Rewarding yourself for acting – often and repeatedly
Limiting thoughts, beliefs and feelings can be paralysing. I know, I’ve experienced many, and have seen my productivity and outcomes temporarily plummet as a result.
As I wrote before, while we can acknowledge that fears and negativity can hold us back, acting is the true side-step around these barriers.
Acting can be tough, especially when the rewards for our acts are stretched out so far before us, seemingly so small that they feel nearly out of reach. Too many people only reward themselves when they have accomplished an outcome, instead of rewarding the steps it took to reach that outcome. As a result, their energy wanes, the doubts creep in, the action slows down and the outcomes fail to materialise.
Today, we’re going to talk about rewarding yourself for action steps. I’ll be honest, I’m horrible at this. Despite being blessed by so much life has to offer, I consistently deny myself the pleasures that would make be happy, because I haven’t quite reached my target… yet.
Perhaps it’s one of those male / female differences. I would hazard a guess, that there are many men out there that don’t reward themselves enough. I’m sure women too suffer from self-denial, but somebody must be keeping all those spas and pamper shops afloat! From what I gather, those places are not flooded with men.
Maybe men reward themselves in other ways, like a pint at the pub with mates or an afternoon spent feet-up in front of sports on the tele. I’m not sure I know, because I just don’t tend to reward myself much at all.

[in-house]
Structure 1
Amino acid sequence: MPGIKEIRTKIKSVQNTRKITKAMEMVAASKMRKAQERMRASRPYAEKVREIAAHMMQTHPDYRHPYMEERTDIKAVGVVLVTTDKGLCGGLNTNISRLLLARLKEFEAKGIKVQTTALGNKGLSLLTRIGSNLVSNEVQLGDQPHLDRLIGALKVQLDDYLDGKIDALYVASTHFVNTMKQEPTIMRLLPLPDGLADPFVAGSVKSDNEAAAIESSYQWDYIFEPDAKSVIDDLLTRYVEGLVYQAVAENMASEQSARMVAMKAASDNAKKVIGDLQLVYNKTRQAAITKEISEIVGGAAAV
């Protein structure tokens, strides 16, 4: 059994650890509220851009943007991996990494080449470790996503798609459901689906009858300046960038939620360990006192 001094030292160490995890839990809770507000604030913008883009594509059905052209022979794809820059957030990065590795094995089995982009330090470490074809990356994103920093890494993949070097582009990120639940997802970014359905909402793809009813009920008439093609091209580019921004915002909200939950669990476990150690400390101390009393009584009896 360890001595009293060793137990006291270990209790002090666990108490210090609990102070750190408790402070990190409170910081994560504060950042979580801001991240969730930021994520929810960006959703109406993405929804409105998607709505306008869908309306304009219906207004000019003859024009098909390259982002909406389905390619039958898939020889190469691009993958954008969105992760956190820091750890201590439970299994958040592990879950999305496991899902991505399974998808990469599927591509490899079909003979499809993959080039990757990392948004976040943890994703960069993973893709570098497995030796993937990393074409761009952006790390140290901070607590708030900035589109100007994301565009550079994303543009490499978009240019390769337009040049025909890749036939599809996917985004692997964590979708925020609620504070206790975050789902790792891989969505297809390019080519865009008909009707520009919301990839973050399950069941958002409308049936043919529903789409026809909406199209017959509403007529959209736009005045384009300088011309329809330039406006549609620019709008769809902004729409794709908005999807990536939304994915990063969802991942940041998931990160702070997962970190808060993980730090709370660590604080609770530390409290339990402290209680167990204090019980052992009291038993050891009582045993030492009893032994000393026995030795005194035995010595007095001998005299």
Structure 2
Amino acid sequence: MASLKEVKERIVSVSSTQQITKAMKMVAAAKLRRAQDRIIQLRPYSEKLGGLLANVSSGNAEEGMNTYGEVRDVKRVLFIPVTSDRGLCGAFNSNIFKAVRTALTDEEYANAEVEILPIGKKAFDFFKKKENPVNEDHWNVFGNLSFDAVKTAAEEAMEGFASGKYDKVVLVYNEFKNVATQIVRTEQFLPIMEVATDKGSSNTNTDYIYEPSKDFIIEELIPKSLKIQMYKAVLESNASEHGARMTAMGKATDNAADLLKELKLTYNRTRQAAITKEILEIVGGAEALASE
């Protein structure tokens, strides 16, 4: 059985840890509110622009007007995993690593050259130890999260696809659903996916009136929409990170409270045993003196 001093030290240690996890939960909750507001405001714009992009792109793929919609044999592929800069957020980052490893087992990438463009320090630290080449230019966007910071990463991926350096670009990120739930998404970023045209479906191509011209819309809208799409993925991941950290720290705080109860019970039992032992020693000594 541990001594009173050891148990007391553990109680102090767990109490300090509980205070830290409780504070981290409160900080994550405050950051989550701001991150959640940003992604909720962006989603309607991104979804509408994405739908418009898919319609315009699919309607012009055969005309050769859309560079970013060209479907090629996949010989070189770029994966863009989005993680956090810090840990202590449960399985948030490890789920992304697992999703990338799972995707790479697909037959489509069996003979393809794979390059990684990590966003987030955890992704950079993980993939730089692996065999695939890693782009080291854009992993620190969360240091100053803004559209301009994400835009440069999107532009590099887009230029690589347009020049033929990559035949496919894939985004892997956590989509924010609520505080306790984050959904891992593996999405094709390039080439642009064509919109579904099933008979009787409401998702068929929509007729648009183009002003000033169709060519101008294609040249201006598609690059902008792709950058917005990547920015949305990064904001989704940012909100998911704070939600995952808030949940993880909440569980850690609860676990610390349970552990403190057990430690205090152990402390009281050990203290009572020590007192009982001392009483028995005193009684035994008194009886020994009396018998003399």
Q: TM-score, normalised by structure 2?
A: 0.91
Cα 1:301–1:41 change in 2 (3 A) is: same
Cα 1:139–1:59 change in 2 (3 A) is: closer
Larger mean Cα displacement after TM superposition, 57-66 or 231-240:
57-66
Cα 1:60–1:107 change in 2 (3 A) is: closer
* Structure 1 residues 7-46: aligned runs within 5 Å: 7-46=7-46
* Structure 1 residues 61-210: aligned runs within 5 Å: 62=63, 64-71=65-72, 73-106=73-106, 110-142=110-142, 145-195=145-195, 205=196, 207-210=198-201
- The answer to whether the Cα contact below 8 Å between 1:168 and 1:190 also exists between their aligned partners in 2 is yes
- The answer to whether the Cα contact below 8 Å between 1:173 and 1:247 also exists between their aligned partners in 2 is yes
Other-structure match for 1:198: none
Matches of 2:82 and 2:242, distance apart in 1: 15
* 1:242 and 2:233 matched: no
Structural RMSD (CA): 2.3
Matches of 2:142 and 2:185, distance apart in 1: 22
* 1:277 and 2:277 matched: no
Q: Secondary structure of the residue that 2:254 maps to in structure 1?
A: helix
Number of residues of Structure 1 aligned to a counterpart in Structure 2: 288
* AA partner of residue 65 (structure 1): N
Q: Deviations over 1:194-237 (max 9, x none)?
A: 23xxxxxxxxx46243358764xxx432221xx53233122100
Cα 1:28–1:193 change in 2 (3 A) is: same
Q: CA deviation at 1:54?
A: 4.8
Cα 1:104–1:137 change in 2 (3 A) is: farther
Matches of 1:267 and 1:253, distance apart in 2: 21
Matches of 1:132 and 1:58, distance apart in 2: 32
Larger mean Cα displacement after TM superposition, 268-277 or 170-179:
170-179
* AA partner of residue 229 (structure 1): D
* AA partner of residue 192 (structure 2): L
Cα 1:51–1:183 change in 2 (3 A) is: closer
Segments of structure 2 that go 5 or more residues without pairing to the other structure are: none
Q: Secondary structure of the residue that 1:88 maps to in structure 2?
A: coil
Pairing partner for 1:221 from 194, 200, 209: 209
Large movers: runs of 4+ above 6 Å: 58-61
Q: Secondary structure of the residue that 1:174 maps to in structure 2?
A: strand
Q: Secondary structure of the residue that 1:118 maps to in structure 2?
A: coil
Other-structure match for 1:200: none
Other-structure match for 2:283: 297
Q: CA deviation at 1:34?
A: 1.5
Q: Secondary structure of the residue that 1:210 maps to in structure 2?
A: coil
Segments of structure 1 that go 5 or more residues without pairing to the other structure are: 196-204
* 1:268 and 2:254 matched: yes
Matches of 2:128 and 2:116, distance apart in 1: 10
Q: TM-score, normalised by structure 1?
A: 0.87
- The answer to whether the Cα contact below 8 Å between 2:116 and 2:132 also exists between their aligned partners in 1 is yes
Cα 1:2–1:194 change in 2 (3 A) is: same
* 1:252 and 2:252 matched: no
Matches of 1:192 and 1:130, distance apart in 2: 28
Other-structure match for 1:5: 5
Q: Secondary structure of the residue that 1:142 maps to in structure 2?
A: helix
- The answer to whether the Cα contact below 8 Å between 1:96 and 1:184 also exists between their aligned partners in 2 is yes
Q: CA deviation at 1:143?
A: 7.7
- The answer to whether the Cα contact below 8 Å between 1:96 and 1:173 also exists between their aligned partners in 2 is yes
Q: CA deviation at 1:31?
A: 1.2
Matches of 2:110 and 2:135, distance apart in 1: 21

So today, I’m going to change that. Want to change that with me?
One thing I’ve been able to do fairly routinely for a while now, is write two blog posts a week. This, let’s be honest, is an activity that supports my greater goals: to be recognised as a thought leader in my field. I don’t, however, ever reward myself for meeting my posting goal, week after week. Am I waiting for that big day when someone comes down to anoint me as that “thought-leader” I’m hoping to be recognised as? Who needs to wait for that?
So, if you tend to deny yourself rewards for accomplishments along the journey, let’s work on changing that now. I’m going to suggest a few rewards you can adopt when you reach your next step along your journey, whether it’s calling a prospect, or improving your ratios by a small percentage, or implementing the objection handling process at your next opportunity – regardless of the outcome.
Now these are only my suggestions. If these don’t float your boat, change them up and plan your own. Your rewards have to resonate with you.
Arrange a “brag” session with a colleague where you allow yourselves to claim your recent successes. Yes, I know, we’re not supposed to boast in this country. Get over it and do it once in a while – if only in private with someone you trust! It feels great!